Seal of the Senate of the State of Texas Welcome to the Official Website for the Texas Senate
Seal of the Senate of the State of Texas
Welcome to the official website for the
Texas Senate
March 20, 2023
(512) 463-0300


(AUSTIN) — Cities and counties would be prevented by statute from implementing vaccine or mask mandates, or from closing schools or businesses to prevent the spread of COVID-19 or its variants under a bill considered before the Senate State Affairs Committee Monday. Currently, local governments are barred from doing so by executive orders issued by Governor Greg Abbott under an ongoing state disaster declaration. When that declaration goes away, however, it could lead to a patchwork of local mandates, said bill author and Granbury Senator Brian Birdwell. "If the state disaster declaration is not renewed, then these executive orders will lack the effect of law and local governments across Texas would have the ability to restrict Texans' freedoms in the name of protecting them from COVID-19," he said. The bill, SB 29, would only apply to SARS-CoV-2, the virus responsible for COVID-19, and its variants and would not preclude such laws in the event of a pandemic caused by a different virus. Abbott identified such legislation as an "emergency issue" in his February 10th State of the State Address.

TSN photo

Senator Brian Birdwell of Granbury's bill would put in state law bans on COVID-19 mitigation measures like vaccine and mask mandates.

The concept of emergency issues exists because the state constitution prevents the legislature from taking up and considering legislation prior to the 60th day of the session. Only legislation related to issues granted the "emergency" tag by the governor can be passed by the legislature during this period, and Birdwell noted that Abbott didn't hand down this list until more than 30 days into the session. Taking 60 days away from the 140 biennial session means that lawmakers can only act on legislation for 80 days out of the 760-day biennium, said Birdwell. So, he is proposing a constitutional amendment that would remove this period, allowing lawmakers to begin to act on laws as soon as they arrive in Austin at the beginning of session. "It will provide the legislature with the opportunity to consider items in an appropriate time frame and it allows the legislature to fully be the legislature and the legislative branch for the full 140 days of a 760-day biennium," said Birdwell.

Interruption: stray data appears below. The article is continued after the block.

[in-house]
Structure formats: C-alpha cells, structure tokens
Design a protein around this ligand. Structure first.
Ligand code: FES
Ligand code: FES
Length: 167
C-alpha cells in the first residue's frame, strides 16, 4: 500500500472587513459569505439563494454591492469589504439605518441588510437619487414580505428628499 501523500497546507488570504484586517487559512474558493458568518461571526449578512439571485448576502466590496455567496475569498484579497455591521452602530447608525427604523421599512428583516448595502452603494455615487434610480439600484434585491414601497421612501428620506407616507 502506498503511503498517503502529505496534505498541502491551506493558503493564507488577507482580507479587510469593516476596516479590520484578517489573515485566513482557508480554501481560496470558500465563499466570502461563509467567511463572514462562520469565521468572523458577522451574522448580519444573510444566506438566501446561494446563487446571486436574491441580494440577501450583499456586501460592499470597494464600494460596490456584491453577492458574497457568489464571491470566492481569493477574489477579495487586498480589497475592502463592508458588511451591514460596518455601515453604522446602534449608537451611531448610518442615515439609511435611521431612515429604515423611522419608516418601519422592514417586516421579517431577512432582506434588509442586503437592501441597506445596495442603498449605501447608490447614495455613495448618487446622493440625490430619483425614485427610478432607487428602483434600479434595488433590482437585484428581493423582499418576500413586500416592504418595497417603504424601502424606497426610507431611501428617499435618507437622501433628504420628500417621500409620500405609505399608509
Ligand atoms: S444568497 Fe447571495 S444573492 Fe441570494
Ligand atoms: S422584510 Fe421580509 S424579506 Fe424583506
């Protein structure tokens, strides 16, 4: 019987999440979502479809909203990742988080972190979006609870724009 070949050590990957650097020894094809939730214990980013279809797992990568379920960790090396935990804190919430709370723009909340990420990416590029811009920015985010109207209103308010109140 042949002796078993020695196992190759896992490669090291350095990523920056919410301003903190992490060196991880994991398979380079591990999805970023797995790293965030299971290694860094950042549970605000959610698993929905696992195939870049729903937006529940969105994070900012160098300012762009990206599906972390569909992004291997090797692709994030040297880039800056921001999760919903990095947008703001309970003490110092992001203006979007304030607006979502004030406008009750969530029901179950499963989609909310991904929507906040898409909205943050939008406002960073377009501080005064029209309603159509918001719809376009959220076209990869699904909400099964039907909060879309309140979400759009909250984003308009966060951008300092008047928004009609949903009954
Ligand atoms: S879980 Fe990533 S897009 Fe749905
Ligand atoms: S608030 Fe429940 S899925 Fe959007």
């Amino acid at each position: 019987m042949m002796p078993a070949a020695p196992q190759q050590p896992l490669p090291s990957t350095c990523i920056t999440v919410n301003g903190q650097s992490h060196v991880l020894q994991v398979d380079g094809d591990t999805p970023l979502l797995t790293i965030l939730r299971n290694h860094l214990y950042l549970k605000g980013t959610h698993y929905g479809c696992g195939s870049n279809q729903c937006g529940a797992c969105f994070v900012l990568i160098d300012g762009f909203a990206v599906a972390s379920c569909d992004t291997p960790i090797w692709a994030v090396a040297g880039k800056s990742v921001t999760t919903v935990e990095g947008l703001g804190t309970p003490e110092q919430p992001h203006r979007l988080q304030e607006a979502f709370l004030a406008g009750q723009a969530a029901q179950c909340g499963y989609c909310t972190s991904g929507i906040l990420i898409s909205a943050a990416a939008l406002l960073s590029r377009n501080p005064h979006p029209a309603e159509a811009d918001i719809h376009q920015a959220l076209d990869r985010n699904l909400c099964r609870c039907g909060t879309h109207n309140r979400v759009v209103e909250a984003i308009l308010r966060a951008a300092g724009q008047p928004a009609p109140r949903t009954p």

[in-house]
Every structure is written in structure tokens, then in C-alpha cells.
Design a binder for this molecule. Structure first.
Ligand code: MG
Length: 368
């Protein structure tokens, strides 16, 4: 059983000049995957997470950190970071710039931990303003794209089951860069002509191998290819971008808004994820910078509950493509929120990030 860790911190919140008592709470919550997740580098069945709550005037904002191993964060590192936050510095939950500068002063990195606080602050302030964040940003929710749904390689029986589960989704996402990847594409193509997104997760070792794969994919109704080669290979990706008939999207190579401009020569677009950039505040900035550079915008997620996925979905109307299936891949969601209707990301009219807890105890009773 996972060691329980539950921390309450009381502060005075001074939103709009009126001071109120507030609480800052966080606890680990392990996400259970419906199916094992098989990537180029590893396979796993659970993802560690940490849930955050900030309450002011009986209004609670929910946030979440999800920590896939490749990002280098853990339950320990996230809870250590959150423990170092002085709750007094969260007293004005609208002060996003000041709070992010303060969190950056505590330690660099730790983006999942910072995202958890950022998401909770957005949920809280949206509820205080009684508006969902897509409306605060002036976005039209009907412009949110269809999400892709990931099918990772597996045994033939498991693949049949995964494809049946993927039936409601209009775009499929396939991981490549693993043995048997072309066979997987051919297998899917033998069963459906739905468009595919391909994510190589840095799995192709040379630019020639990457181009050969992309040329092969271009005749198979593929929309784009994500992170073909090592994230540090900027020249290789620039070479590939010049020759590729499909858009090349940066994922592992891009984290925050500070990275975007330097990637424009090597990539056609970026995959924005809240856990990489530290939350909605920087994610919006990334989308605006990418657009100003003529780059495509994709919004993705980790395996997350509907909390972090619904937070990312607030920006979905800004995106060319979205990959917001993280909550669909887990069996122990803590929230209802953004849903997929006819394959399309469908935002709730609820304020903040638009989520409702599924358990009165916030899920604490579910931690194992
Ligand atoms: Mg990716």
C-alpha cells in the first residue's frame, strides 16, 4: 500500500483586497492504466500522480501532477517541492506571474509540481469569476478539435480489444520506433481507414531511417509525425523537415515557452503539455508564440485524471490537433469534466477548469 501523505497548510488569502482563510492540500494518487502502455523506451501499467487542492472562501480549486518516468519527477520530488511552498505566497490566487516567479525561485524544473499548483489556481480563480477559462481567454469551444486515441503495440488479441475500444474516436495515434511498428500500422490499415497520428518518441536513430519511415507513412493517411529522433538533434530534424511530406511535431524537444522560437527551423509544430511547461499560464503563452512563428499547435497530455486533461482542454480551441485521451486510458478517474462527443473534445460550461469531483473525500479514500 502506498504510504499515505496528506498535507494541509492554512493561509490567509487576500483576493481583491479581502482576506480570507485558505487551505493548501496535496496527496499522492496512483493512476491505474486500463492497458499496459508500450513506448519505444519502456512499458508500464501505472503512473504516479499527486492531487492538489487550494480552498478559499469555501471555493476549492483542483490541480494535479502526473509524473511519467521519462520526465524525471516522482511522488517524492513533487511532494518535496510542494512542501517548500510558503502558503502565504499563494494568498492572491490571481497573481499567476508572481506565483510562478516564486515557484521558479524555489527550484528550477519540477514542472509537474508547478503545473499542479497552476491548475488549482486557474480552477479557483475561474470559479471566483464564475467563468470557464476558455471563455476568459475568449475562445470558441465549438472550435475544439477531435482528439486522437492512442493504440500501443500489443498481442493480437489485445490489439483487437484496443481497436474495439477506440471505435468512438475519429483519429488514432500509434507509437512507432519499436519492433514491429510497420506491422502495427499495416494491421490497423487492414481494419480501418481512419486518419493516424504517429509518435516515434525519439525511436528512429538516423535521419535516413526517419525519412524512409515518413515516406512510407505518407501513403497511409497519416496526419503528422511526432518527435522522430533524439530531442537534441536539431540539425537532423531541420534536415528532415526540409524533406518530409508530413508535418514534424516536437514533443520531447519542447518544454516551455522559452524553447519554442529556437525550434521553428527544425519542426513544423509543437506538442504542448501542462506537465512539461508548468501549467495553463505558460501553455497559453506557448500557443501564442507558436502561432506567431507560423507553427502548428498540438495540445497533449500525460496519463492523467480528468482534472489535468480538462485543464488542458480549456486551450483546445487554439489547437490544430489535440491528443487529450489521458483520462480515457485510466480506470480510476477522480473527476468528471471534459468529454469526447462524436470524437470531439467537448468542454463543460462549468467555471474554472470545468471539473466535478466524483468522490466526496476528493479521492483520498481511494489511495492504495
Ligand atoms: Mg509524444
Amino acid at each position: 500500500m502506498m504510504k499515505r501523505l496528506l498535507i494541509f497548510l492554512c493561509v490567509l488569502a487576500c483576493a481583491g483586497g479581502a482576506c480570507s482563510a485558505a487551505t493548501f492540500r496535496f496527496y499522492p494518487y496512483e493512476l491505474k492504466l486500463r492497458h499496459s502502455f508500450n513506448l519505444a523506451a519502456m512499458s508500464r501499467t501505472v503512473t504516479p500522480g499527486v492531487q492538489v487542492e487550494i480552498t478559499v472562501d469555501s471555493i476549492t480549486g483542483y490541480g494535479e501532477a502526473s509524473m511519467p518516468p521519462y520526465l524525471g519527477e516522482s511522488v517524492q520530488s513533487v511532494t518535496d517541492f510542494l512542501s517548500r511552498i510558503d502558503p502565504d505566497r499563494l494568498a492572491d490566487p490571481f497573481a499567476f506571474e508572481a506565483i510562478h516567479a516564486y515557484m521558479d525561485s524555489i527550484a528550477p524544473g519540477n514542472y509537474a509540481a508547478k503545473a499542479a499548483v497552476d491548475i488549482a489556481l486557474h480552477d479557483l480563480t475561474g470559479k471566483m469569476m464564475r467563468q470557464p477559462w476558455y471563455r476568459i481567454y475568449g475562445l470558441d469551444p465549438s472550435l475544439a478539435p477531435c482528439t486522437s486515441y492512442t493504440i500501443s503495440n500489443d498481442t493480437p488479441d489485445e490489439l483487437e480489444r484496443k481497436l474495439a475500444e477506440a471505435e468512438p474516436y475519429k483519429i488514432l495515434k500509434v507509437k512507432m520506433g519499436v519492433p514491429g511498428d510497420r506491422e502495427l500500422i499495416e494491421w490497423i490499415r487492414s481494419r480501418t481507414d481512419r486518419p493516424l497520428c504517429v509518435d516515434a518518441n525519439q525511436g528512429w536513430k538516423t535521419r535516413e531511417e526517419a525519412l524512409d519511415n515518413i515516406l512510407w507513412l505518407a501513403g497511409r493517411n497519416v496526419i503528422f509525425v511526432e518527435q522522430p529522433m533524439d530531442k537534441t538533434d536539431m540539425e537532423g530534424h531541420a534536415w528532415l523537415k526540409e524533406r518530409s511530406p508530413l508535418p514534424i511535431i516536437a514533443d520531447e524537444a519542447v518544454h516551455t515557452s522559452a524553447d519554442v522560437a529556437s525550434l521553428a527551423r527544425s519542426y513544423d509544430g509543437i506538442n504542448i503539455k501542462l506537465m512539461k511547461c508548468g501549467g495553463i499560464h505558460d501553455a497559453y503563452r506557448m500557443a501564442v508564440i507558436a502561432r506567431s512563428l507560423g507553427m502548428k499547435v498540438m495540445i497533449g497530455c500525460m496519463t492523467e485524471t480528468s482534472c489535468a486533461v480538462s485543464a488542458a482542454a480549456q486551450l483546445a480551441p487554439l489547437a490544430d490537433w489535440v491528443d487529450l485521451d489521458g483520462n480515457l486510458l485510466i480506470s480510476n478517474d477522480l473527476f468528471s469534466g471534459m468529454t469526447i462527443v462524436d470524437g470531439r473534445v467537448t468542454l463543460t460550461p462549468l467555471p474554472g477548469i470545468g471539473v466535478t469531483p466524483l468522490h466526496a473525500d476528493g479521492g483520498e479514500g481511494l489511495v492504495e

That was only one of a number of constitutional amendments proposed by Senator Birdwell on Monday. Another would create a mechanism by which the legislature would automatically be called into a special session if the governor issues a lengthy emergency declaration. Birdwell said that the Texas Legislature was the last legislature to meet in session following the COVID-19 pandemic, which he says left the voice of the people out of the conversation. "The legislative branch, by design, is the most representative proxy for the will of the people," he said. "The people's will was generally silenced during some of the most turbulent trials our state has endured in recent history." Birdwell's proposal would ask voters to approve an amendment that would require the governor to call the legislature into special session when an emergency declaration lasts thirty days and either affects half of the state population, two-fifths of the 254 counties in Texas, or two-thirds of the counties in three or more of the state's emergency service districts. Once in session, said Birdwell, the legislature could simply concur with the governor's declaration and administration of ongoing disaster efforts, or it could impose its own changes. The amendment's enabling legislation would permit only the legislature to authorize closing businesses.

Another amendment offered by Birdwell would ask voters to enshrine in the state constitution a provision that says only citizens may cast votes. Texas law already requires this, but Birdwell noted that statutes are a lot easier to change than the state constitution. "A constitutional amendment is a process of greater rigor, requiring a two-thirds affirmative vote from both chambers, signature from the governor, and approval from Texas voters," he said. "In efforts to preserve the integrity of our elections and affirming in the state constitution that only citizens have a right to vote, we will create an additional safeguard to keep our Texas elections secure."

The Senate will reconvene Tuesday, March 21 at 11 a.m.

Session video and all other Senate webcast recordings can be accessed from the Senate website's Audio/Video Archive.